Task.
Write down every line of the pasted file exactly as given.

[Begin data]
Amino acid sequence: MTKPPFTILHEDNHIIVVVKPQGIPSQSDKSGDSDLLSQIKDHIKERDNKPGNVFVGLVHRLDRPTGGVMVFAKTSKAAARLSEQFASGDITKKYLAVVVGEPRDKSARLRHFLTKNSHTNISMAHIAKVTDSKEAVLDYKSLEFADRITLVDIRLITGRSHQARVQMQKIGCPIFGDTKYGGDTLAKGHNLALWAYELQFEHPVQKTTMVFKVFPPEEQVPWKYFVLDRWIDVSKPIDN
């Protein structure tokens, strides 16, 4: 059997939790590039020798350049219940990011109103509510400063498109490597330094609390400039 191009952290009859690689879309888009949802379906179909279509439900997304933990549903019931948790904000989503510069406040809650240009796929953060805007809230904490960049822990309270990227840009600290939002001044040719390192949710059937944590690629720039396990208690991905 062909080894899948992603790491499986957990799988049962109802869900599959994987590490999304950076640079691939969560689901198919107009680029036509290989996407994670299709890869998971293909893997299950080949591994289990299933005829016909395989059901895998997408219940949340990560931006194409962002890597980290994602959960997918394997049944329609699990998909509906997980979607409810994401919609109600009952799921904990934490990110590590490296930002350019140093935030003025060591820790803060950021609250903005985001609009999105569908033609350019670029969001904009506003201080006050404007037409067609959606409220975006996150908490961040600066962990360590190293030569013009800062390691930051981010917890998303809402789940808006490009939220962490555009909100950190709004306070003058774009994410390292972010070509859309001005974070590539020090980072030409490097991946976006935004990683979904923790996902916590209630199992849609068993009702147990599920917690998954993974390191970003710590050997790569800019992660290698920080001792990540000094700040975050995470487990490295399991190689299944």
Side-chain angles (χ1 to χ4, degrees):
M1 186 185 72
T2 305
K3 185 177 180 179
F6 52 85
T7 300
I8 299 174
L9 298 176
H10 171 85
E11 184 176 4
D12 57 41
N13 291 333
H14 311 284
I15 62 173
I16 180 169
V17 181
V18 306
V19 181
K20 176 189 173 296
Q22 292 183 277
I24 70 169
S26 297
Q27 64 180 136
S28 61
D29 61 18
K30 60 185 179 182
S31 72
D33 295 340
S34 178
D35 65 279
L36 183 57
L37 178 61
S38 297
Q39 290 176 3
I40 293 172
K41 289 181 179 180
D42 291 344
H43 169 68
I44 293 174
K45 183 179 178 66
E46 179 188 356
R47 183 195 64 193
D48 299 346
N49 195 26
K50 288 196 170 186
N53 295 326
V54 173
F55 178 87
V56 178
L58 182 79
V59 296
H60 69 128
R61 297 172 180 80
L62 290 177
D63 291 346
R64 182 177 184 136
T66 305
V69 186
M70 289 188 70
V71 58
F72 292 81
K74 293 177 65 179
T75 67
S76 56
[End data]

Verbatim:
Amino acid sequence: MTKPPFTILHEDNHIIVVVKPQGIPSQSDKSGDSDLLSQIKDHIKERDNKPGNVFVGLVHRLDRPTGGVMVFAKTSKAAARLSEQFASGDITKKYLAVVVGEPRDKSARLRHFLTKNSHTNISMAHIAKVTDSKEAVLDYKSLEFADRITLVDIRLITGRSHQARVQMQKIGCPIFGDTKYGGDTLAKGHNLALWAYELQFEHPVQKTTMVFKVFPPEEQVPWKYFVLDRWIDVSKPIDN
């Protein structure tokens, strides 16, 4: 059997939790590039020798350049219940990011109103509510400063498109490597330094609390400039 191009952290009859690689879309888009949802379906179909279509439900997304933990549903019931948790904000989503510069406040809650240009796929953060805007809230904490960049822990309270990227840009600290939002001044040719390192949710059937944590690629720039396990208690991905 062909080894899948992603790491499986957990799988049962109802869900599959994987590490999304950076640079691939969560689901198919107009680029036509290989996407994670299709890869998971293909893997299950080949591994289990299933005829016909395989059901895998997408219940949340990560931006194409962002890597980290994602959960997918394997049944329609699990998909509906997980979607409810994401919609109600009952799921904990934490990110590590490296930002350019140093935030003025060591820790803060950021609250903005985001609009999105569908033609350019670029969001904009506003201080006050404007037409067609959606409220975006996150908490961040600066962990360590190293030569013009800062390691930051981010917890998303809402789940808006490009939220962490555009909100950190709004306070003058774009994410390292972010070509859309001005974070590539020090980072030409490097991946976006935004990683979904923790996902916590209630199992849609068993009702147990599920917690998954993974390191970003710590050997790569800019992660290698920080001792990540000094700040975050995470487990490295399991190689299944």
Side-chain angles (χ1 to χ4, degrees):
M1 186 185 72
T2 305
K3 185 177 180 179
F6 52 85
T7 300
I8 299 174
L9 298 176
H10 171 85
E11 184 176 4
D12 57 41
N13 291 333
H14 311 284
I15 62 173
I16 180 169
V17 181
V18 306
V19 181
K20 176 189 173 296
Q22 292 183 277
I24 70 169
S26 297
Q27 64 180 136
S28 61
D29 61 18
K30 60 185 179 182
S31 72
D33 295 340
S34 178
D35 65 279
L36 183 57
L37 178 61
S38 297
Q39 290 176 3
I40 293 172
K41 289 181 179 180
D42 291 344
H43 169 68
I44 293 174
K45 183 179 178 66
E46 179 188 356
R47 183 195 64 193
D48 299 346
N49 195 26
K50 288 196 170 186
N53 295 326
V54 173
F55 178 87
V56 178
L58 182 79
V59 296
H60 69 128
R61 297 172 180 80
L62 290 177
D63 291 346
R64 182 177 184 136
T66 305
V69 186
M70 289 188 70
V71 58
F72 292 81
K74 293 177 65 179
T75 67
S76 56